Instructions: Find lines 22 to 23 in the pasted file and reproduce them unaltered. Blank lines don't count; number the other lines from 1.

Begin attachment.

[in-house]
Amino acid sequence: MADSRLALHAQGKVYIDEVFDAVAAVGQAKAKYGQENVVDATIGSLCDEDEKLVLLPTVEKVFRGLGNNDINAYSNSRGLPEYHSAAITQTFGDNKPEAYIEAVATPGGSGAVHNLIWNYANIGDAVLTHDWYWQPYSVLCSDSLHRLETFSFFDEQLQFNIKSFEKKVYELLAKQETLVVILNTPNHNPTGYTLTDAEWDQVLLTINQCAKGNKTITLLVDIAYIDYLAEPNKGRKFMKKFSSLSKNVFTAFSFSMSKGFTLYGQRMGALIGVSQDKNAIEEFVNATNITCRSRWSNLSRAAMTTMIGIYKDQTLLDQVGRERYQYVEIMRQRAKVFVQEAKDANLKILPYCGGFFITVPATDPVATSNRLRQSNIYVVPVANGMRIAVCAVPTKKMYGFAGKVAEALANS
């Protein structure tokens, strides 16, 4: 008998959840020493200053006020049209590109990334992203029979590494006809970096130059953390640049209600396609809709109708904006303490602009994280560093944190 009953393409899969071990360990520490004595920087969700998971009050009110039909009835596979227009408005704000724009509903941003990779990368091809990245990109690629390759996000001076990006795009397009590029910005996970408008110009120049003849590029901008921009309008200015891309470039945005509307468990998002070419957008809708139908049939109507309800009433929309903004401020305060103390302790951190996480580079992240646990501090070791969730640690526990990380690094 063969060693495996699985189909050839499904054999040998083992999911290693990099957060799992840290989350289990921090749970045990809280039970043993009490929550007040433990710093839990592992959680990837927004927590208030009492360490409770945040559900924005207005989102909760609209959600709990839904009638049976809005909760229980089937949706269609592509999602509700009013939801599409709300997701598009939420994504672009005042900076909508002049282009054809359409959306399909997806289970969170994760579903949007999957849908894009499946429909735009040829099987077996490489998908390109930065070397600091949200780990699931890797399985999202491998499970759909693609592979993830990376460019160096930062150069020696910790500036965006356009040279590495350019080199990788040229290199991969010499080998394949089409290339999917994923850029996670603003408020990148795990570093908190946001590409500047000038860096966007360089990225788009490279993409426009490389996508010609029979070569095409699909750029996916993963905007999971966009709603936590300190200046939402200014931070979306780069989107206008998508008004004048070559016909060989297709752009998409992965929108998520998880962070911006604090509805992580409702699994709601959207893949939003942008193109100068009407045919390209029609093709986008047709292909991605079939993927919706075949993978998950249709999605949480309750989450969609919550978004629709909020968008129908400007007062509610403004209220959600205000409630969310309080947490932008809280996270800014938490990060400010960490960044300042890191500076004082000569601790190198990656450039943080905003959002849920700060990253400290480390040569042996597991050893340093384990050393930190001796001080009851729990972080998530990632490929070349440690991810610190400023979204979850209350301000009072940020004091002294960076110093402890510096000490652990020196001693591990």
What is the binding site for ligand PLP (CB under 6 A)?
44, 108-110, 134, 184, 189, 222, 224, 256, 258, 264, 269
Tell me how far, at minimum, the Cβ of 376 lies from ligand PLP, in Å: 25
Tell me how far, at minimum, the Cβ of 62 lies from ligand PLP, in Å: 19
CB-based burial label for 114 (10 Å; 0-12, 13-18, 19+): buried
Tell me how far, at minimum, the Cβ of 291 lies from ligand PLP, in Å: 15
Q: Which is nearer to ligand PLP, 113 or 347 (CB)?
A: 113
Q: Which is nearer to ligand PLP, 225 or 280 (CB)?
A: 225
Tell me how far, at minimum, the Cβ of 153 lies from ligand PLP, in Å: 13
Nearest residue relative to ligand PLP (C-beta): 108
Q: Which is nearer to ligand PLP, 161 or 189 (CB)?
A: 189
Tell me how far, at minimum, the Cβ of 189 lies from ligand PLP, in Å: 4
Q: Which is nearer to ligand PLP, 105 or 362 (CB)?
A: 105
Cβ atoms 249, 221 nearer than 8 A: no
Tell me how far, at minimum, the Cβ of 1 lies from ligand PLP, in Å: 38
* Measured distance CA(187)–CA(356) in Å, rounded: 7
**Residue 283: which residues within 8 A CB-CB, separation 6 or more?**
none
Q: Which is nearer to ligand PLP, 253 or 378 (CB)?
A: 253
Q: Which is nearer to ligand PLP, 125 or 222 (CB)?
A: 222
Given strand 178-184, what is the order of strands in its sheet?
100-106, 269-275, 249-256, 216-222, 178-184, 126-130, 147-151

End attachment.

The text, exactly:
Tell me how far, at minimum, the Cβ of 1 lies from ligand PLP, in Å: 38
* Measured distance CA(187)–CA(356) in Å, rounded: 7